The flexural resonator 1 is clamped in a holding device 2. Excitation is effected here, for example, by a piezoelectric element 3 near the clamping point of the first leg of the oscillator, wherein a pick-up means is affected by a second piezoelectric element 4 on the second leg of the oscillator. The combination of a phase shifter 6 and an amplifier 7 form the simple excitation amplifier. The output of the pick-up means is amplified and phase-shifted by 90°, and then fed to the means for oscillation excitation. The oscillator can be "oscillated up" to a state of resonant oscillation by such an excitation amplifier. The period or frequency of oscillation is measured by the frequency meter 5 and fed to an evaluation unit for the density determination.
 Known flexural oscillators are operated according to this principle with analogue and digital excitation amplifiers, while the density of the fluid medium to be examined is determined in a known manner from the frequency or period of the oscillator.
 The actual density of the fluid media is strongly dependent on the temperature. As a rule, this is at least measured and/or the entire oscillator or the sample is heated to a specific measuring temperature by appropriate device (e.g. Peltier elements).
 If one determines the density with the flexural resonator, then due to the different behavior of samples of the same density of different viscosities in the resonator, the viscosity of the sample has a relatively large influence on the measurement result and must also be taken into account. In addition to its influence on the determined density, the viscosity expresses itself especially through its influence on the damping or quality factor of the oscillator.
 Different methods for correcting the viscosity-dependent density values are known, wherein a representative parameter for this damping is evaluated and the density measurement corrected. This is usually based on additional excited oscillations in the range of the so-called harmonics by considering the phase relationship for excitation. Alternatively, for example, the use of a superimposed control loop which varies the amplitude of the excitation signal in order to obtain constant oscillation amplitude is known. The energy introduced via the excitation signal thus corresponds to the damping of the system and can be used for quality factor determination.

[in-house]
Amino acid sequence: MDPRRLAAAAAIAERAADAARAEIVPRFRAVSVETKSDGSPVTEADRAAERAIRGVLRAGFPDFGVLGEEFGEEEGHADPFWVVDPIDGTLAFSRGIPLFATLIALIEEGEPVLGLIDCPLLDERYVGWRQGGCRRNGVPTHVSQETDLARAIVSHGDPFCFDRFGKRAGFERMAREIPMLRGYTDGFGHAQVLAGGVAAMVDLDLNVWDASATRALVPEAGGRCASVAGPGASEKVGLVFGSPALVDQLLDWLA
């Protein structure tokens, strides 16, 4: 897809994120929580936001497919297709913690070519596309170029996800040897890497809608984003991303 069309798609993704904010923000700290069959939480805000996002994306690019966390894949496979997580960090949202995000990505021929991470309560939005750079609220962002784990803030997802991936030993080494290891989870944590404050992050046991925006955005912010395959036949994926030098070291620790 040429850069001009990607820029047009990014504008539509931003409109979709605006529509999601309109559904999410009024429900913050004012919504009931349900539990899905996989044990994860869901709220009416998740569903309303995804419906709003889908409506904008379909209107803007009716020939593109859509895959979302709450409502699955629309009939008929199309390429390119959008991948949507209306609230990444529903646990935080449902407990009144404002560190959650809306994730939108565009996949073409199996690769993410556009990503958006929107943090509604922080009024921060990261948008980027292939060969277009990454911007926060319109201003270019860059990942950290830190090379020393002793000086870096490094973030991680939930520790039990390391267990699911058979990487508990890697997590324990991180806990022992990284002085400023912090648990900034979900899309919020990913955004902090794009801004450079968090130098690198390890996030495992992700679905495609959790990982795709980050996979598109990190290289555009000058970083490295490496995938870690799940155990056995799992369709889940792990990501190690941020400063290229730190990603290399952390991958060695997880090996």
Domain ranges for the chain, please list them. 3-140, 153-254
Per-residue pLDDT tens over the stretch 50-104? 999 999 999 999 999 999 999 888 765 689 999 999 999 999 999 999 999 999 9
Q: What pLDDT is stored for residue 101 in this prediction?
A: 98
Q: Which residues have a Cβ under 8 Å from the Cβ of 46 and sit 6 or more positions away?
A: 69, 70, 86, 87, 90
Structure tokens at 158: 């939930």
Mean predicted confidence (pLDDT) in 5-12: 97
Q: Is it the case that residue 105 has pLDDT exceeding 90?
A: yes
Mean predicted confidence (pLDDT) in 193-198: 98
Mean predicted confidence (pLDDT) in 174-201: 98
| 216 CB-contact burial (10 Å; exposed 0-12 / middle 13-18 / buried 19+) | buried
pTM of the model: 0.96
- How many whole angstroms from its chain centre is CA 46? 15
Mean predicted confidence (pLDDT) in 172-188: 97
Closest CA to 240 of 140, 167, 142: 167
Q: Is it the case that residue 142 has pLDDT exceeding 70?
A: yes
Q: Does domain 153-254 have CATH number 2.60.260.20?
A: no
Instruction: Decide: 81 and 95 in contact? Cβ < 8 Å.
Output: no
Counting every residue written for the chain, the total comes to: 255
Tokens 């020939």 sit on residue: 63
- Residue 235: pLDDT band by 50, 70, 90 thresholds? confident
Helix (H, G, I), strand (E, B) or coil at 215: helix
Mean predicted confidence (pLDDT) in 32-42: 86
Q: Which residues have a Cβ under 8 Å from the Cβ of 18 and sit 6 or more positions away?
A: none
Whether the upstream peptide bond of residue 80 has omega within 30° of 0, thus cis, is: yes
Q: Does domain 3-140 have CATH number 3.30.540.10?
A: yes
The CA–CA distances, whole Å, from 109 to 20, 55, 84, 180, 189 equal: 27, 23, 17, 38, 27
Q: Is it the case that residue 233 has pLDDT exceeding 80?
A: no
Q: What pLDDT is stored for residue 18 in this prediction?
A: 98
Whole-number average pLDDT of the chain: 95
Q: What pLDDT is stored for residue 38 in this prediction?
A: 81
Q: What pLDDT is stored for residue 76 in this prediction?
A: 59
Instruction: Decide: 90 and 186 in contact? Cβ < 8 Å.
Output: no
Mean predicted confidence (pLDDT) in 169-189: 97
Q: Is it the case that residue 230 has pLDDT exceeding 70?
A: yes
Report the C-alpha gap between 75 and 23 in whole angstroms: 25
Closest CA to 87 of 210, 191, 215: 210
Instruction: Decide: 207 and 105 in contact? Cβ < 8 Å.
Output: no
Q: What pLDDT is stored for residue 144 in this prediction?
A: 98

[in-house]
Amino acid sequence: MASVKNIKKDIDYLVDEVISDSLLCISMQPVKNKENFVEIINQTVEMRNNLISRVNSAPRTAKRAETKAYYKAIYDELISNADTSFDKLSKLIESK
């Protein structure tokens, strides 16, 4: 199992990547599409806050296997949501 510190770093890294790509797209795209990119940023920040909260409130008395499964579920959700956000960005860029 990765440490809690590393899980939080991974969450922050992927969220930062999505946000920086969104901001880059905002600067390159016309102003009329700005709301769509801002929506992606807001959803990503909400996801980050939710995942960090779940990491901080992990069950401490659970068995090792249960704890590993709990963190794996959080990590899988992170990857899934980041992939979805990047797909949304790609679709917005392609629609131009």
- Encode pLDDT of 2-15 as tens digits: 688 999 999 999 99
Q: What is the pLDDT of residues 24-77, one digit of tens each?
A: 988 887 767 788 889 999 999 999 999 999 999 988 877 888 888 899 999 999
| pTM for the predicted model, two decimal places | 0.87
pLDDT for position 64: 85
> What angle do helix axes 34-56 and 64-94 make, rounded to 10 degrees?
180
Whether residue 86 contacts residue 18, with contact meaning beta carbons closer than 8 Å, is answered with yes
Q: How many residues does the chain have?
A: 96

However, the quality factor measurement may also be effected by measuring the decreasing amplitude with periodic uncoupling of the exciter as this is theoretically the best solution for determining the quality factor. Thus, any inaccuracies in the excitation (e.g. non-linearity's and/or phase distortions of filters, etc.) are avoided.
 However, in the case of high quality factor resonators, these have the disadvantage of long measurement times, always only represent a single measurement, and also influence the period of the forced oscillation. Preferably, therefore, no interruptions of the oscillator are carried out after the excitation.
 In all these known arrangements, the period of the forced fundamental oscillation is generally used for the evaluation for the density measurement.
 The disadvantages of such arrangements are, for example, in the amplitude modulation, wherein the resonance frequency is not precisely measured, because non-linear distortions (electronics, IIR filters), as well as time delays (time quantization) of the analogue to digital converter (ADC) and/or digital to analogue converter (DAC) signals, also play a role.
 In addition, the high quality factor and thus the resulting low bandwidth of the oscillator require very small modulation frequencies of the order of 1/1000 . . . 1/2000 of the natural frequency.
 For example, for resonant frequencies in the range of 300 Hz (glass oscillator) to 5000 Hz (metal), and quality factor values of 10 . . . 5000 (glass) and 10 . . . 14,000 (metal), modulation frequency in the range of 1/3 . . . 1/10 Hz is used. This results in 3 . . . 10 sec for the period run.
 The lower the modulation frequency, the longer is the decay measurement of the quality factor, because, in general, a new measured value is available once per period of the modulation frequency. Thus, every 3 to 10 sec according to the medium. In addition, additional averaging is necessary as a function of the required accuracy.
SUMMARY OF THE INVENTION
 According to the invention, it is now proposed that the advantages of the determination of the period by means of forced oscillation (continuous measurement methods, parallel phase control) are combined with the advantages of the measurement of the decay behavior for the measurement of the quality factor independently of the excitation, in order to directly examine both the quality factor and the period of the oscillator excitation by use of continuous decay measurement and to evaluate them in terms of the viscosity-corrected density.
 There is no longer the disadvantage of only one-off measurement by periodically measuring the decay behavior. Since the entire determination of the density and viscosity correction results from the decay behavior, the influence of the period or phase measurement from the renewed oscillation upwards of the excitation amplifier circuit is no longer a problem.
 In addition, higher accuracies can be achieved here with lower quality factors of the oscillator.